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From Pasi Salminen <pasi.salmi...@profitsoftware.com>
Subject Re: Dynamic MBeans. Was: Kernel Architecture
Date Wed, 13 Aug 2003 07:35:50 GMT
Hi,

At least I'm in favour of model MBeans. They can be described in XML (which I think is a good
idea) and they can have annotations. What does it say to an administrator if he can see an
operation stop? For us (being professional J2EE propeller heads) it may be obvious but
for an administrator it would be nice to see some description of the operation or attribute
he is trying to invoke or manipulate. That's why model beans are nice. And if the configuration
file is implemented so that it can "dig" information out of the bean (if not
overridden in the XML configuration) that's cool and keeps configuration simpler.

Also, I think it would be good idea to use just simple types in the interface of the beans.
Otherwise integrating those beans with management consoles gets really nasty (for example,
compiling some stuff again or adding classes to classpath of the console).

Secondly, I don't understand why some of you are so afraid of JMX. Nobodys afraid of HTTP
fading away. It's there in the spec and it'll be part of the server anyhow, just like servlets.

However, whoever has proposed JMX (kernel) to be used as an invocation bus, I not sure if
I agree with him/her. The MBeans could just expose, for example the HTTP support, and from
then on it just controls when to stop it and how to get performance metrics (etc) from it.
Inter-service bindings/lookups could of course be implemented with JMX relation service...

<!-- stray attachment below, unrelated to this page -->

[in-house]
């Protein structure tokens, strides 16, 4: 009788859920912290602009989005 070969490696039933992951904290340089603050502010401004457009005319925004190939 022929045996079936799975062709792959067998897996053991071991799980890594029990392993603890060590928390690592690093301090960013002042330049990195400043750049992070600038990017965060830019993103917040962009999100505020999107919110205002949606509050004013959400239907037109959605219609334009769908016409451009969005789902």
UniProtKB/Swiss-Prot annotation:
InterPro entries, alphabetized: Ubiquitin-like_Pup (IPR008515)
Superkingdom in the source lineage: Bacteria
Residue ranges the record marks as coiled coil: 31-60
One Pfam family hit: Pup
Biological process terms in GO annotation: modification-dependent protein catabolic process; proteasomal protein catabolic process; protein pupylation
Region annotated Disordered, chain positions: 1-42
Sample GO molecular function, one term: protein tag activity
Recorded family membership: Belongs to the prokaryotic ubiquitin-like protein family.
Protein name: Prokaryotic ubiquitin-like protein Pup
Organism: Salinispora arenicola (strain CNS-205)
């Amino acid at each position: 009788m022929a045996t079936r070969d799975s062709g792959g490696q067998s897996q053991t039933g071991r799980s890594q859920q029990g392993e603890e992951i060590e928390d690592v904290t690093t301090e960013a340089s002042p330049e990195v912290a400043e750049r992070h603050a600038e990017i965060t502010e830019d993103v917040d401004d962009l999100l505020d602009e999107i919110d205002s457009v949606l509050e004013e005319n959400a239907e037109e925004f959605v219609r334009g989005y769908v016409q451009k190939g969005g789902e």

Br. Paci

"Bordet, Simone" wrote:

> Hi,
>
> > Using model mbeans instead of standard mbeans has many
> > advantages.
>
> Uhm, I admit to have little knowledge of JBoss' XMBean, but what are the real advantages
of using ModelMBeans (and all the stuff they carry) ?
>
> I think it can be useful to have DescriptorAccessible MBean*Info, but once again, how
do you configure it ?
>
> > As I recall someone (Simone?) offered to write an xmbean model mbean for
> > mx4j.
>
> Yes, it was me :)
> I even started, but stopped after a while failing to see a definite use case for them.
I don't say they don't have a useful use case, but that I fail to see it. Lack of experience
on my part, I imagine.
> ModelMBeans are a pain to configure (very verbose xml files) while most of the times
the metadata can be obtained from the resource (at the end, you want to call its methods:
why not generating the metadata automatically - a la std mbeans - and add only useful stuff
?).
>
> I need a clear use case for XMBeans.
>
> > We can use the xdoclet JBoss xmbean template as a
> > starting point
> > and generate the xml descriptor from the source.
>
> Wouldn't that look too similar to JBoss ?
>
> > For now we can generate standard mbean interfaces and, when we get an
> > xmbean impl.  switch over with minimal  effort.  Including
> > appropriate documentation now will make the switch easier.
>
> This brings me to another question: how difficult is to move to a plain java object (a
la Avalon) and have an XMBean that can wrap java objects automagically ?
> If the microkernel is responsible to create the various components, then it can also
XMBean-wrap them (or not).
>
> Another point worth to discuss is invocation performance: remember that calling via JMX
is waaaaaay slower than with reflection: the MBeanServer must perform a lot of additional
checks to ensure the JMX specification is respected.
> I think using it in the container invocation chain (which should be able to support a
LOT of invocations/second) would really slow down the container performance.
>
> Simon

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